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Nov 8, 2012 7:30pm PST
ground somewhat ethically but geographically over to egypt, because as you know, we went there. now we have a unique situation in israel that, as we've said, creates all kinds of fascinating but somewhat negative issues regarding ethics. egypt was a different story, because here, we have a predominantly muslim country. now you know, i'm sure you're well aware of that. in egypt- i mean, in israel, the political power is held by the jews; as we heard, the christians are a minority, even christian arabs, and they don't know what they're doing even with a partition. but in egypt, obviously, we have a muslim majority. now what happens here is we had a fascinating interview with reverend noor. we've already seen coptic christians that have for centuries well beyond the muslims, before the muslims enjoyed something of a, you know, left alone for the most part, allowed to exist. but we have protestant christians actually in egypt, and we had a chance to chat with reverend noor who heads up an evangelical protestant church there- a world renowned figure on the level of billy graham in that part
Oct 31, 2012 7:30pm PDT
experientially a man who goes deeply- we talked about the roots, you know, the coptic bishop in egypt and other- the roots go so deep that you learn to love, and that comes out and we certainly hear this from the rare interview. yeah, jamie? >> i understand that diabetics must be fed on a regular, rigid, timely routine. so my question is, do you know if a diabetic muslim would still be expected to fast? >> i certainly don't. >> i do. >> oh, well, okay, virginia? >> yes. nursing mothers, babies, and sick do not have to observe ramadan. >> okay. that's part of it. sure. >> when we were first married, we lived in a flat upstairs a muslim couple, forty years ago, and it was first experience with a muslim person- he was a bosnian from yugoslavia; she was a turk- and what amazed me was their very great hospitality. "come. eat. come. stay. if you go to turkey, stay as long as you want. i'll call my mother, i'll call my aunt, i'll... stay." >> yes. the coffee. the coffee and the sweets. >> the good coffee. "eat. eat. eat again." i very rarely experienced that kind of hospitality. even if you shou
Nov 1, 2012 7:30pm PDT
, he went to egypt. and most disappointing for him was what he saw in saudi arabia. he expected a beautiful place, you know, the best place on earth, and when he got there, it was just the opposite. as far as physical conditions, it might have been almost the worst place on earth, you know. and he came back and he stopped, he changed his emphasis from religion to business, in economics- that's how disappointed he was. and he told us that we can't look to go there; he said we have to find our life right here in america. he said that everything we need, we can have it right here in america. so he changed his direction for us, he changed his vision for the future. >> you know, i wanted to run this by you. i don't know if you had a chance- the way i've spoken about it, and we had some notes here, is when we speak about religion, we talk about two very fundamental things, and one is identity- you know, who you are- and one is your relationship with god or with other people. and to try to make sense of elijah muhammad's teaching of nation of islam, i've talked about it in terms of ident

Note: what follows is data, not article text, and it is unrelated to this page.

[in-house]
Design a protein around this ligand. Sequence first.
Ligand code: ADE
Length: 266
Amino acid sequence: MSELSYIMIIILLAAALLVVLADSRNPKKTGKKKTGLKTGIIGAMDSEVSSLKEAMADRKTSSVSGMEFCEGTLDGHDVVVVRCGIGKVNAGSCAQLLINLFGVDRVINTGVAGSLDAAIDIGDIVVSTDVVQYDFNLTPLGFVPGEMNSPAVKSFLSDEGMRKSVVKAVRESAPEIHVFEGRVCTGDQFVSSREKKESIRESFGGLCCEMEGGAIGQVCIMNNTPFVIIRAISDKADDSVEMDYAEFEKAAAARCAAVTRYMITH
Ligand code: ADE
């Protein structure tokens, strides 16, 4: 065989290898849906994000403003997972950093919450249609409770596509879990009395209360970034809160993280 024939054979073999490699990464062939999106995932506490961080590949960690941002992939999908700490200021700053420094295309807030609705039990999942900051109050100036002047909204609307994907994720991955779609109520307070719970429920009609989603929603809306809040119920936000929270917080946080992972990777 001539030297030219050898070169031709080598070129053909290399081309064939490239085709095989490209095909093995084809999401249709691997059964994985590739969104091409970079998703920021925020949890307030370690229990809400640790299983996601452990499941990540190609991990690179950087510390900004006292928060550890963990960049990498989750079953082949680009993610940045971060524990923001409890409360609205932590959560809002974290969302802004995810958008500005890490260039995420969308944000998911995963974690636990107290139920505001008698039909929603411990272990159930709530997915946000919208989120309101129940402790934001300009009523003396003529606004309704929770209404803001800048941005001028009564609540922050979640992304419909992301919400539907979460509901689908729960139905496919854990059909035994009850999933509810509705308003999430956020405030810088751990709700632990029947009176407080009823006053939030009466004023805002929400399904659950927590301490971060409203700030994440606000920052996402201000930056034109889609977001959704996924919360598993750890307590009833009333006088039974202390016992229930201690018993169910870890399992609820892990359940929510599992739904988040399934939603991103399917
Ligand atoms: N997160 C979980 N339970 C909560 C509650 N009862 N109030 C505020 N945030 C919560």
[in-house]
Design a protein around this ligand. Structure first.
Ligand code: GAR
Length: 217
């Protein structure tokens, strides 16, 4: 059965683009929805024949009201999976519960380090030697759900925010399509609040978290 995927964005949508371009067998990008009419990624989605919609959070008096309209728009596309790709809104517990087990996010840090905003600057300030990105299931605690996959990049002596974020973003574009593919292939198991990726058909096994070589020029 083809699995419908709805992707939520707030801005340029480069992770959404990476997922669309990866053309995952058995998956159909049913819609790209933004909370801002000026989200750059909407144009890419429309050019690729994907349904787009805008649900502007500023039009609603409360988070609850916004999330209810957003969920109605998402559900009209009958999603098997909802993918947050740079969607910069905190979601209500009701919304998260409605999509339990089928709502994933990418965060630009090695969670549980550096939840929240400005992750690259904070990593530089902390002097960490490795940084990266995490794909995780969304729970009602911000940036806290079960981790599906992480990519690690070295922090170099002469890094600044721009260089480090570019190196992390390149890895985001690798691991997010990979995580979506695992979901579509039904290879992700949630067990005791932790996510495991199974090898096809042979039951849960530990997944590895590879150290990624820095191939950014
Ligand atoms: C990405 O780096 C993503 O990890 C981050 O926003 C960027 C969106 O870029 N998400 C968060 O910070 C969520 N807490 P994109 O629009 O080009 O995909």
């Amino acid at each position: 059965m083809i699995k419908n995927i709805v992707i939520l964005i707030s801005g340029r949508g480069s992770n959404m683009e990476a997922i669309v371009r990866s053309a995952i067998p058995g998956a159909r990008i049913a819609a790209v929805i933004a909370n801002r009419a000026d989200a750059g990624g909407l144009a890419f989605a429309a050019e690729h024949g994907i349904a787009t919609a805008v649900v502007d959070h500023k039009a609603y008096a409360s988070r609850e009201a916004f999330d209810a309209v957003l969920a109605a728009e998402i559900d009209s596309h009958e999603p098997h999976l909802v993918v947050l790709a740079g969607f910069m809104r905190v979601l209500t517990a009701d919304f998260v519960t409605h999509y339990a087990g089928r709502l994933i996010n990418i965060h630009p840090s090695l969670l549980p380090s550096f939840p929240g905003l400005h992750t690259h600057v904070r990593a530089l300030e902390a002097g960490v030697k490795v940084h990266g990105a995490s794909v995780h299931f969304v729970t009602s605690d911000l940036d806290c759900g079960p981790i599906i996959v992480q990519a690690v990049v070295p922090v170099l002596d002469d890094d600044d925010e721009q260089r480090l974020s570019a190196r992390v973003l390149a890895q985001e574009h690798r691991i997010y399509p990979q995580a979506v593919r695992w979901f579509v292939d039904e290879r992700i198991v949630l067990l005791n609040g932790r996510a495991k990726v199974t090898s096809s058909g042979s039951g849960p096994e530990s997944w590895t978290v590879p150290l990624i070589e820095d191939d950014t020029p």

Nov 15, 2012 7:30pm PST
. macarius monastery out in the deserts of egypt a good christian. i can't imagine him having a real good time hanging out at that particular church. but both places really do maintain an authentic christianity for them, and that's all that we are saying here, it's balancing those dilemmas of institutionalization within that ecological mix it. >> i have a couple of questions. that one that you taped was that a sunday sermon or was that an extra? >> saturday evening. >> saturday evening. >> that's the hot one. >> so what they repeated that sunday morning? >> i should add that there are several other ministries and this is the one, saturday night one is where they bring in a lot of new comers. that's where it's most entertaining. now there's other services and the people who are part of the church they are much more typically i don't want to say benevolent, but more low key, something along those lines. >> so, what ever it is it's working? >> oh yes. >> seeing the number of people that are there who might not otherwise attend but - and if it saves a troubled marriage, god bless them. >> yes
Search Results 0 to 3 of about 4